When I started out as an EFL teacher back in the 1960s things were very different from now. The University of Cambridge (UCLES as it then was) was running a three-tier system of English language exams for overseas students: the ‘Lower Certificate in English’, introduced in 1939 (and renamed ‘First Certificate’ in 1976); the ‘Certificate of Proficiency in English (CPE) introduced in 1913 (and often referred to at the time as ‘the Higher’); and a third, absurdly high level exam way above CPE called the ‘Diploma of English Studies’ (DES), introduced I think in 1945. During my early teaching years I prepared candidates for all three of these and was a listening and oral examiner for the Lower and CPE. The format was different, more different than you could probably imagine, but that’s not my topic for today.
In those pre-CEFR days it was hard to assess the level of an exam, but the CPE then was to my mind much ‘harder’ than it is today. Certainly none the exams in the forms they then existed were what we would want to call communicative. The CPE included translation and both literary criticism and ‘Literature’, and was not unlike English language A-level of the day in some respects. The DES was a very ‘advanced’ exam indeed, one which went way beyond this and then further into contrastive cultural studies, etc. The candidature for DES was always small and in 1996 it was ‘quietly removed’. I have a few friends around still who achieved DES level, including one or two I helped prepare; but much of the ‘preparation’ was in fact carried out by the candidates themselves.
In the 1980s and 1990s the levels stabilised and the ‘main suite’ of exams slowly emerged until we reached the set of exams we know now.
That was then and now is now. A rather damning and anonymous comment (“A review of Local Examinations Syndicate – University of Cambridge”) was made on Wednesday 4th of January 2006 (see here for source).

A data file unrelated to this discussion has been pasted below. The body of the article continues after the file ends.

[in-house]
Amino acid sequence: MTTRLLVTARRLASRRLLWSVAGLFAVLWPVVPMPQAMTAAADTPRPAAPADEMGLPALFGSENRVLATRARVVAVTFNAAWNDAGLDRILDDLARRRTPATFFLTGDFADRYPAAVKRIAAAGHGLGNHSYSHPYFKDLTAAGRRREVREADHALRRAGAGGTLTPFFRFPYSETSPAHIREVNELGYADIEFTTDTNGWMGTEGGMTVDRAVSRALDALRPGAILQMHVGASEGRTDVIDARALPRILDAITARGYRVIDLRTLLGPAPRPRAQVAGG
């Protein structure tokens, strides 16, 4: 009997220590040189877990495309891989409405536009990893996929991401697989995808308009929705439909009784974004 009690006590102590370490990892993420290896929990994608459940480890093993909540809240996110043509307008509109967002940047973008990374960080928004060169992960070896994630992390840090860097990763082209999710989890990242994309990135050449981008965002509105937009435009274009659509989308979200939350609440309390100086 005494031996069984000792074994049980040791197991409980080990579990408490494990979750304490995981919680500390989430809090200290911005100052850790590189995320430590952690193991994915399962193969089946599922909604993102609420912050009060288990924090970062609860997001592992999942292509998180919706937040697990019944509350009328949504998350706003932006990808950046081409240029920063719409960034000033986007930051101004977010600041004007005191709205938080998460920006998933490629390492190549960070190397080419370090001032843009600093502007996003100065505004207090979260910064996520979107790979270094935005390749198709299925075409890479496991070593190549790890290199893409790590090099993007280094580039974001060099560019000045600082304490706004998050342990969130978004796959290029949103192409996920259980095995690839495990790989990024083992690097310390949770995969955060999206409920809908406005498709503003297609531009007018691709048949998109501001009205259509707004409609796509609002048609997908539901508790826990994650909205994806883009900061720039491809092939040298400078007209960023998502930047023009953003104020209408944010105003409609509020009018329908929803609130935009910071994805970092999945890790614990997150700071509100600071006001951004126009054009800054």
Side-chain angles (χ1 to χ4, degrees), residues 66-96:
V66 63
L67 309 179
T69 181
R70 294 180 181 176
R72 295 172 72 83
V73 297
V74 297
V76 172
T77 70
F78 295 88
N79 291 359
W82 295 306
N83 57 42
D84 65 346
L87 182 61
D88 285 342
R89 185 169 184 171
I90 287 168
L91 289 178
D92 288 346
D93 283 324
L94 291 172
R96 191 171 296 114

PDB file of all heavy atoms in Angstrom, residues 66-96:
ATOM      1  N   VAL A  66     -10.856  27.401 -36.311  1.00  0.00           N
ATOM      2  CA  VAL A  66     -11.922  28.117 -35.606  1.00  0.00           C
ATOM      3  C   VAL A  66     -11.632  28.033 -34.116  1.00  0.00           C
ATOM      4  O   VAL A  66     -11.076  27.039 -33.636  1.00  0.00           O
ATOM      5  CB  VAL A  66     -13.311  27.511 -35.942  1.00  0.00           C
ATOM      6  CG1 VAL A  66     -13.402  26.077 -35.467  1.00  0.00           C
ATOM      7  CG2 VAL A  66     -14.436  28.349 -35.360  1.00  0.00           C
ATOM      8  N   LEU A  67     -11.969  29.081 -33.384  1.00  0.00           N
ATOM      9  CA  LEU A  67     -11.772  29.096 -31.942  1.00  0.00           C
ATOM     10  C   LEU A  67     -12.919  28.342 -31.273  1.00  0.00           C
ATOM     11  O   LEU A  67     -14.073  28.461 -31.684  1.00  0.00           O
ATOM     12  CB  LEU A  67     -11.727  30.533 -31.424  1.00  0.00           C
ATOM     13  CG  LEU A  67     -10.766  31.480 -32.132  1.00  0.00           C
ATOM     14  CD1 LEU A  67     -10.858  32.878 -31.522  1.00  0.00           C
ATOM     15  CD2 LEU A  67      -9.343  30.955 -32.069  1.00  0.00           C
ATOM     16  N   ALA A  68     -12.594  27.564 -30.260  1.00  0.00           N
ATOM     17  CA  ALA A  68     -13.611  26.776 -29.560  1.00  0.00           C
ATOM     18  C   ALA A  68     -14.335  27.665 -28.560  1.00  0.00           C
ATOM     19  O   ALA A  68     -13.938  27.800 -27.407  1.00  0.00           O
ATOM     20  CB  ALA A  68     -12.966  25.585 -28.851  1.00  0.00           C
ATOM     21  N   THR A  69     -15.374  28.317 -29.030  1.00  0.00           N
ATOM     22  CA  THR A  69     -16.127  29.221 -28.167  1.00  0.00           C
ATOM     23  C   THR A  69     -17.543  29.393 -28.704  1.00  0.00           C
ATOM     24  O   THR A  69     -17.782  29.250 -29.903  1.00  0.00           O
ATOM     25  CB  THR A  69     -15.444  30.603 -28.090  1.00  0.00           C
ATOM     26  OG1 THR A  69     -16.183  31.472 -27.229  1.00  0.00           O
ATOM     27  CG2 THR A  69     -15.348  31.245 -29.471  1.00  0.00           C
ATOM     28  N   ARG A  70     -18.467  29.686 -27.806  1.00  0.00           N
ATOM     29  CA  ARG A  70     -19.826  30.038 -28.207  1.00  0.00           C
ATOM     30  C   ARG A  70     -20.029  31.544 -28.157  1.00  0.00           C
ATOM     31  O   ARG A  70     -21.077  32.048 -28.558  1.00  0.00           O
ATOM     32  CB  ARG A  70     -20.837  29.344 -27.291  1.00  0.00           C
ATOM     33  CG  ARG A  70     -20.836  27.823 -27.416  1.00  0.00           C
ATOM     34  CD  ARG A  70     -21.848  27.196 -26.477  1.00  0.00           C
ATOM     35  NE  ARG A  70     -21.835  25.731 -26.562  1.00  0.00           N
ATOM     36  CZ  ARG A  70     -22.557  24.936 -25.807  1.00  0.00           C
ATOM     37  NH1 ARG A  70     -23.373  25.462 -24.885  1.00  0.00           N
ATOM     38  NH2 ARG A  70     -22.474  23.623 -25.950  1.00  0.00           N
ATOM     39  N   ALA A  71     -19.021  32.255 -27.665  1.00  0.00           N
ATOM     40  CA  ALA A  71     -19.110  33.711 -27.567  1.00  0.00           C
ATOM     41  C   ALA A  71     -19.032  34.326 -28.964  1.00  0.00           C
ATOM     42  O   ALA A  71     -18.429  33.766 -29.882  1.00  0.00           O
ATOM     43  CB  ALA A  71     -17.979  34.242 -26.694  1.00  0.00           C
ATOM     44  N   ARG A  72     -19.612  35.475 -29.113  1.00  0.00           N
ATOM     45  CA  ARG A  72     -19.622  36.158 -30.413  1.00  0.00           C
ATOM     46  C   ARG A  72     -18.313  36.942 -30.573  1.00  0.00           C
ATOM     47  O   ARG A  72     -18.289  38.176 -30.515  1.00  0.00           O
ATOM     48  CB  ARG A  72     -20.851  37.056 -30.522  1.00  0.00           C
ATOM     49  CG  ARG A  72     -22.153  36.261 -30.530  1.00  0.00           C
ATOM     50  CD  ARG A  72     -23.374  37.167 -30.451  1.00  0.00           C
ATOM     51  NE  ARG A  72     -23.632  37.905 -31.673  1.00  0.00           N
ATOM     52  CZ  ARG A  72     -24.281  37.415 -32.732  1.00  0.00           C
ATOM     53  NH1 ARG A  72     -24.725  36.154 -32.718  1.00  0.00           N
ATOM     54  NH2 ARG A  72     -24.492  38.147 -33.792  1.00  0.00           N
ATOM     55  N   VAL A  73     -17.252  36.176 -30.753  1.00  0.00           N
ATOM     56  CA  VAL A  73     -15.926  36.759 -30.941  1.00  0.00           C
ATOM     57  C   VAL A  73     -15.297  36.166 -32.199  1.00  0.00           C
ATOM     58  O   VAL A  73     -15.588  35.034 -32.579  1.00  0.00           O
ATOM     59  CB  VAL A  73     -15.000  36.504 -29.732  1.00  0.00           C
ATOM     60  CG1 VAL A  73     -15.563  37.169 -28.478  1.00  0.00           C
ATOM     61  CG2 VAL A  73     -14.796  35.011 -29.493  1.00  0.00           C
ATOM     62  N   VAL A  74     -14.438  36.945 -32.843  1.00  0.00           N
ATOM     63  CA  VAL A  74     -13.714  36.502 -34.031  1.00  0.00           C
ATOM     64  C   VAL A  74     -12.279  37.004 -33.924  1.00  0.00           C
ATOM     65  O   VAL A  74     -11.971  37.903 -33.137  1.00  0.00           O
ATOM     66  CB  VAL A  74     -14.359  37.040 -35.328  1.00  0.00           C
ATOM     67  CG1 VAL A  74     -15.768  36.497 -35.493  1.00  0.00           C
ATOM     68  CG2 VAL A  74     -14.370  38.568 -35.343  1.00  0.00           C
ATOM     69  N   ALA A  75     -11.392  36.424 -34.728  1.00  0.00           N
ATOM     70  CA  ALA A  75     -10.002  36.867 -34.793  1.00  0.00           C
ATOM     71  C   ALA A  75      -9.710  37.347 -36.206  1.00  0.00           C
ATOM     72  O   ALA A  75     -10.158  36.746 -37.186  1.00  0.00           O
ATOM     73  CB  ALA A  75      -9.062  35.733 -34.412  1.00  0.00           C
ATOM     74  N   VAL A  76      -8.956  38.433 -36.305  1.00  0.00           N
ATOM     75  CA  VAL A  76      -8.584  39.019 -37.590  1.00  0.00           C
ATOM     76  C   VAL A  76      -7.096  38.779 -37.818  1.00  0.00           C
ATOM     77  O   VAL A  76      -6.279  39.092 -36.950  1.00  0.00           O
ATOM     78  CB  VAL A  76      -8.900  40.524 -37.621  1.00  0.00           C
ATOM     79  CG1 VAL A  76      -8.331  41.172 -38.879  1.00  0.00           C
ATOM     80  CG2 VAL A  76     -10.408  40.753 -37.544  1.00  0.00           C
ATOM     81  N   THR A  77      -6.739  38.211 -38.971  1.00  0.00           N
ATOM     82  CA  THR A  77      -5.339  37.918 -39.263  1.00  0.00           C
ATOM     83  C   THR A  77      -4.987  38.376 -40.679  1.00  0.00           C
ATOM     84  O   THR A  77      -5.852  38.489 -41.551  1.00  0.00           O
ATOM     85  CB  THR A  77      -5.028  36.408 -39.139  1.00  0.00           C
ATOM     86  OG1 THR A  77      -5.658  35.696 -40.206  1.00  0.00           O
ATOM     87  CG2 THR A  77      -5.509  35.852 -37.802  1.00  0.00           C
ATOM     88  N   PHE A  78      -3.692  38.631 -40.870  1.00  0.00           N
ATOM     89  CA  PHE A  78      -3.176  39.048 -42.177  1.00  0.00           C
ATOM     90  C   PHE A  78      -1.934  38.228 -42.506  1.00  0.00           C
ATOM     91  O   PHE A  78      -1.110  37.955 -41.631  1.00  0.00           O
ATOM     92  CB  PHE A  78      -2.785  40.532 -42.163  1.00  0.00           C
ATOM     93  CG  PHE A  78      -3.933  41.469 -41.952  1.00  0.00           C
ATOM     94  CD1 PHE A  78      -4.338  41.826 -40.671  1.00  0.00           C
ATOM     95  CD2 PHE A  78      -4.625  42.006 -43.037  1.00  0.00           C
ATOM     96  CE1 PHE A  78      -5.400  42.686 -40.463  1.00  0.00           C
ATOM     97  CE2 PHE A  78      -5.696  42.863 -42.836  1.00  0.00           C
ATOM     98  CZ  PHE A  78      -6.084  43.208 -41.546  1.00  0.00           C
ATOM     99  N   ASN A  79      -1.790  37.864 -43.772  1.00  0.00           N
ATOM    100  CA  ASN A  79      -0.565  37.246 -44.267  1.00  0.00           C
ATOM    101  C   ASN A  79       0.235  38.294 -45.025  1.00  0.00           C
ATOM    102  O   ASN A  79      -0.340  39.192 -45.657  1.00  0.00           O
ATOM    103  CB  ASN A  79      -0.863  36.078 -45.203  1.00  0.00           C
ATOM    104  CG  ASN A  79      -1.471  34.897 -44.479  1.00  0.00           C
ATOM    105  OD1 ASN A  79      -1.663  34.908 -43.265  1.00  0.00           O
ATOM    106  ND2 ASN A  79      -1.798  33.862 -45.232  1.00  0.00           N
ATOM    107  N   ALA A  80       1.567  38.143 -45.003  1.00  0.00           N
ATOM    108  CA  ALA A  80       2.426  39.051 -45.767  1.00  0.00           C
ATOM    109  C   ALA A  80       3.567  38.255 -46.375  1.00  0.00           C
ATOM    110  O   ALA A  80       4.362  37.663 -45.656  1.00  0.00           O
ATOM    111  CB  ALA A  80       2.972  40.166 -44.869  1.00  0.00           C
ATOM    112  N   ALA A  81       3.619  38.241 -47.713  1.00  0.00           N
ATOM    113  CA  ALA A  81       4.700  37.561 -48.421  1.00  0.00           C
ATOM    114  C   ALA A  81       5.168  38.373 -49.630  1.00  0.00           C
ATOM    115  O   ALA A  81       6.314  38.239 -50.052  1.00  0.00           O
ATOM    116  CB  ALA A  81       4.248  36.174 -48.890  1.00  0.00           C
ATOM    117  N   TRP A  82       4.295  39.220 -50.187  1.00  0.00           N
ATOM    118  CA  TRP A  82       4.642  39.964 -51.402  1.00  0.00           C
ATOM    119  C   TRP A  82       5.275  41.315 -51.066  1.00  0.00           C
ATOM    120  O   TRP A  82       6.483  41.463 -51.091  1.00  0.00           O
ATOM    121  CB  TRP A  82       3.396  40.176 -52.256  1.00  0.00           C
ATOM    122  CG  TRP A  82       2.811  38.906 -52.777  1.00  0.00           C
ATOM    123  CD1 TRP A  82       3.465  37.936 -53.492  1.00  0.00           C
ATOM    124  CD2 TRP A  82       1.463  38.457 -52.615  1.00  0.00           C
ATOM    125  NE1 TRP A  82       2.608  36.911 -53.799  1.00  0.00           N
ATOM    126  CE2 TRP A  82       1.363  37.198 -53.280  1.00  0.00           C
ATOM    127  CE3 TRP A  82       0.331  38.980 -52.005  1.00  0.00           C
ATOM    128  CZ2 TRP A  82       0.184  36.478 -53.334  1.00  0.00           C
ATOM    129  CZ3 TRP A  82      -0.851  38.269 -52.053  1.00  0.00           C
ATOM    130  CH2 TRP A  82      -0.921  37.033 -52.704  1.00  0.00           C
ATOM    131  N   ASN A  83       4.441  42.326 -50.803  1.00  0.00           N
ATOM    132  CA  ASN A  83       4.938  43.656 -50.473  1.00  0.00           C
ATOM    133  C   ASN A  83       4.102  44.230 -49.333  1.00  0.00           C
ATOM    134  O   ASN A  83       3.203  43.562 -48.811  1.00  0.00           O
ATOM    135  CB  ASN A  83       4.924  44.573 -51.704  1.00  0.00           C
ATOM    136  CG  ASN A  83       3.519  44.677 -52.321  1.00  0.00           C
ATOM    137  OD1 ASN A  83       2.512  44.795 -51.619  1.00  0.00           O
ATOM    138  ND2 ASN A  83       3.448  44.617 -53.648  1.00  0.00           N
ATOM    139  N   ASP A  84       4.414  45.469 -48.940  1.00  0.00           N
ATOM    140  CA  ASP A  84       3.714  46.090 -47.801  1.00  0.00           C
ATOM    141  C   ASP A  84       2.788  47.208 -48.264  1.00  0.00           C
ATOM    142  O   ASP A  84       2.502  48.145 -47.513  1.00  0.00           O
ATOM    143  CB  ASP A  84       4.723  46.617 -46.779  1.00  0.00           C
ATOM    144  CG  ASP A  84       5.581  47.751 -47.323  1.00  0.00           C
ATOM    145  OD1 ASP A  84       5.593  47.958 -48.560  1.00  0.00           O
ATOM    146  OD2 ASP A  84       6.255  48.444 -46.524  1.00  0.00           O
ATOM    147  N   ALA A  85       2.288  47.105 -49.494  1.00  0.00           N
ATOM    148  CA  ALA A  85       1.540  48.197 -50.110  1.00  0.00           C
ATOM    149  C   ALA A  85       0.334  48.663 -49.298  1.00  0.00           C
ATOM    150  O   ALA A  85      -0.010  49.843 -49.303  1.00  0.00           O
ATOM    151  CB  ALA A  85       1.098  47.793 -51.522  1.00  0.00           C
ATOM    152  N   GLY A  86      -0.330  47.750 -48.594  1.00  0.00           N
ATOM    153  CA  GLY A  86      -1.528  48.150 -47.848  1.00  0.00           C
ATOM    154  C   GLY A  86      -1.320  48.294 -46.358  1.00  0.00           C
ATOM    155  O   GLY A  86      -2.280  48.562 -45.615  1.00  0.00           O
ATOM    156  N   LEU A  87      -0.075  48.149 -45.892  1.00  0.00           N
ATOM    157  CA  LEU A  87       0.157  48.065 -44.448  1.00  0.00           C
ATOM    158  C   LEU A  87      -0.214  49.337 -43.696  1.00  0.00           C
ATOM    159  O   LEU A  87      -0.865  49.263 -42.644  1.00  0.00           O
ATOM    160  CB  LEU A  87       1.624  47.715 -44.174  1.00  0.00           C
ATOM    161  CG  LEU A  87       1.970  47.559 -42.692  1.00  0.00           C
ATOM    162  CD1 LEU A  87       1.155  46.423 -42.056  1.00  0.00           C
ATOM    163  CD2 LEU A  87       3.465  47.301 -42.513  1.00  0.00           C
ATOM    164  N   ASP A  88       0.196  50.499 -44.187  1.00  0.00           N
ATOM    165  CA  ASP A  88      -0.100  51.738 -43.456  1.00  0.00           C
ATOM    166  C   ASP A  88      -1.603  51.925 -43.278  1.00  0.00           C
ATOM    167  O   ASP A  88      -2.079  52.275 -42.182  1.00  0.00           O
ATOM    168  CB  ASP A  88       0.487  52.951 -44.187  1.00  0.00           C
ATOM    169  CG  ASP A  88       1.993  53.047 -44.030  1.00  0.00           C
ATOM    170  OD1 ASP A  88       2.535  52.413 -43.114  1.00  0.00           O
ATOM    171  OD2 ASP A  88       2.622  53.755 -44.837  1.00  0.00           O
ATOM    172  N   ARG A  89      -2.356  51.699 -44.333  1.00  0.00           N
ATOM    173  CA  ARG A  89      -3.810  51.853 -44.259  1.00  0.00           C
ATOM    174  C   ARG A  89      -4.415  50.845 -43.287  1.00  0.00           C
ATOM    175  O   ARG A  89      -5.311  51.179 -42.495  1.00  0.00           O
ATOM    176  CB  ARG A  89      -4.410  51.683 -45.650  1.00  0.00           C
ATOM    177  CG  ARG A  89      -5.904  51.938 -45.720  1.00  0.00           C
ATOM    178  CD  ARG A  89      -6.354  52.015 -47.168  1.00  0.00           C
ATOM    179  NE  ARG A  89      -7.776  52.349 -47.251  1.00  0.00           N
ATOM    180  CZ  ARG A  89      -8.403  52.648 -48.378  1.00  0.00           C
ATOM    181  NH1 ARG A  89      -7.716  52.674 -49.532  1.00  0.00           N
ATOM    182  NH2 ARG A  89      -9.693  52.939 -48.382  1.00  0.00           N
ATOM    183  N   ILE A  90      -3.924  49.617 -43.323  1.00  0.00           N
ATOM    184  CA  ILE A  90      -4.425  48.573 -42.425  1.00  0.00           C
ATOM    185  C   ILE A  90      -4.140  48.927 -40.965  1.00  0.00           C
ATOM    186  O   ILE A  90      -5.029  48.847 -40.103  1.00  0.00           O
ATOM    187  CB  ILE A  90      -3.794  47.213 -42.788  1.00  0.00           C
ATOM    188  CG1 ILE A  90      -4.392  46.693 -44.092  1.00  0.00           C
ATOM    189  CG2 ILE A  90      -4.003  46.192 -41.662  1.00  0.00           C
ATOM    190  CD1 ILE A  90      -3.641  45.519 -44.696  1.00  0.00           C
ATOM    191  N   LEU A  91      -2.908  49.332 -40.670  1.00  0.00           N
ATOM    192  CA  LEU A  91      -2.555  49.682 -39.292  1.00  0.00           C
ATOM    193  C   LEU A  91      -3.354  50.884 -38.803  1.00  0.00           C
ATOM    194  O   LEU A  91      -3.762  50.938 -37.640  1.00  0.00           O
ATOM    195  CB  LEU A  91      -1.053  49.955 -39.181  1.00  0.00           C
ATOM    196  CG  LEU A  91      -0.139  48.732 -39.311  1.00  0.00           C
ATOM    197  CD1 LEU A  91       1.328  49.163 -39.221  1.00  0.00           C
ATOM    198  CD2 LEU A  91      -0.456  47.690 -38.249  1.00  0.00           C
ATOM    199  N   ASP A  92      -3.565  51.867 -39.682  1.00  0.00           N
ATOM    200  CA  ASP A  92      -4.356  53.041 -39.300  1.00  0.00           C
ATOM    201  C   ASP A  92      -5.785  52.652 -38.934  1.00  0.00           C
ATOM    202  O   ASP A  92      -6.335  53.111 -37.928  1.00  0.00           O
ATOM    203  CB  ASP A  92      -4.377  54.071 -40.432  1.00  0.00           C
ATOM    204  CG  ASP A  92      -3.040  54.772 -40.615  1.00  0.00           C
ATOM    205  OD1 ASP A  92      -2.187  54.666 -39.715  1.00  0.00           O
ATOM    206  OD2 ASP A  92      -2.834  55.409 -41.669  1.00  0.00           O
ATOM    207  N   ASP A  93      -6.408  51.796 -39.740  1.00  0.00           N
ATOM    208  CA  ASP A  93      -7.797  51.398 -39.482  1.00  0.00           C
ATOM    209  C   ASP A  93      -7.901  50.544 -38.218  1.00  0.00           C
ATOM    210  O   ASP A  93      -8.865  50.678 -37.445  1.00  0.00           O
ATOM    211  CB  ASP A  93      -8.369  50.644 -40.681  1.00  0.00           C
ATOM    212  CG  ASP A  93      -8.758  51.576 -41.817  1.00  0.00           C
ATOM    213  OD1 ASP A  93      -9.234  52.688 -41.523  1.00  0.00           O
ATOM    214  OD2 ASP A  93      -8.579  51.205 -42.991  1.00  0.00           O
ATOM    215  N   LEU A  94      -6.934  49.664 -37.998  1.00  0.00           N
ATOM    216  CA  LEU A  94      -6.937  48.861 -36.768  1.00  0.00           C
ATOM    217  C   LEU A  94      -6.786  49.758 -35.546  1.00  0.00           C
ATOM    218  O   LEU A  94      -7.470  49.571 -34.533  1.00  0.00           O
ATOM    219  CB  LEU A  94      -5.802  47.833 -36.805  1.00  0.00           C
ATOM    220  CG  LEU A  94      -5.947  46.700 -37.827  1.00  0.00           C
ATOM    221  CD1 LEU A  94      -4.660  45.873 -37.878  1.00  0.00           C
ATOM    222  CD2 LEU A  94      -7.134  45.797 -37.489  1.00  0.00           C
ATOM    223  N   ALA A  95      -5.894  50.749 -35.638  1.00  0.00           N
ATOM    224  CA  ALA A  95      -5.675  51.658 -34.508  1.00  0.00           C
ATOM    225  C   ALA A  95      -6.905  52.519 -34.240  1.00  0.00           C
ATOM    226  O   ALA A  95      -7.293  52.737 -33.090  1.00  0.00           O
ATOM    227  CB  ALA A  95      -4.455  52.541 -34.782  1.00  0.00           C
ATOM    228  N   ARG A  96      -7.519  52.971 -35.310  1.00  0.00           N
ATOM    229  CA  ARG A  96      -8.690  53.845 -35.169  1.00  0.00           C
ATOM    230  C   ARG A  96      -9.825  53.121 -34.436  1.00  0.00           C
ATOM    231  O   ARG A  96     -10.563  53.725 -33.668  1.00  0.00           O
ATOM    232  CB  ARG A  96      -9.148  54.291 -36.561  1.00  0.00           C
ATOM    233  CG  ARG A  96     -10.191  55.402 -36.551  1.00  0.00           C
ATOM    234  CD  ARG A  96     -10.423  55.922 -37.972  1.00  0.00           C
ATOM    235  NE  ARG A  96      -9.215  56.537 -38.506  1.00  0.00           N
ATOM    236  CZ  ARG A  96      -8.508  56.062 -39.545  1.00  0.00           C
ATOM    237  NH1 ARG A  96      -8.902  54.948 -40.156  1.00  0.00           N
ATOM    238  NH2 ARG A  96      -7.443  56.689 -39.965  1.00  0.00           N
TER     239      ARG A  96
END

UCLES administered until 1996 the Diploma of English Studies, an examination in English Literature and background studies at post-Proficiency level. Its discontinuation was due to the low number of entries of candidates; UCLES was busy running the far more popular -and profitable- FCE and CPE exams and could see no (financial) viability in the Diploma. Moreover, the introduction of new exams, such as KET and PET would mean attracting more and more test takers and the accrual of greater commercial gain, so why bother about literature and higher-level exams at all? One could argue that there was nothing wrong with their decision to discontinue it; still, an examining body which respects its audience should, as well as creating new exams, cater for the needs of successful candidates in terms of maintaining recognition even of discontinued qualifications. In short, UCLES should have done two things: It should have continued to make reference, in the Regulations, to the Diploma (as an advanced exam at post-Proficiency level) and, secondly, it should have tried to have it included in NQF (national qualifications framework) at, say, level 5 (the same level as DELTA). This way, Diploma holders would not have been left dissatisfied.
So, Mammon had a voice although it was missed by a few in its passing. Have we seen a dumbing down of these English language exams over the years? Well, probably yes and no, apples and oranges; I have no dog in this fight.
When CPE (the ‘middle level’ of the Lower-CPE-DES exams) started, students were taking 12 hours of papers, with translations, literature and essays on such topics as ‘The effect of political movements upon nineteenth century literature in England’, ‘English Pre-Raphaelitism’, ‘Elizabethan travel and discovery’ and ‘The development of local self-government’, with no guidance as to how to approach these topics. They required strong cognitive and intellectual skills and a good knowledge of language, literature and culture which is not expected today, and in fact is often actively resisted by exam writers. I’m not sure there’s a place today in EFL for any of that.
Today’s exams are far more ‘authentic’ and student-oriented, and some would say considerably ‘easier’ in terms of the language they test. They are also far less Anglocentric and undoubtedly more accessible to today’s students than the post-WW2 versions would be, and that has to be a good thing.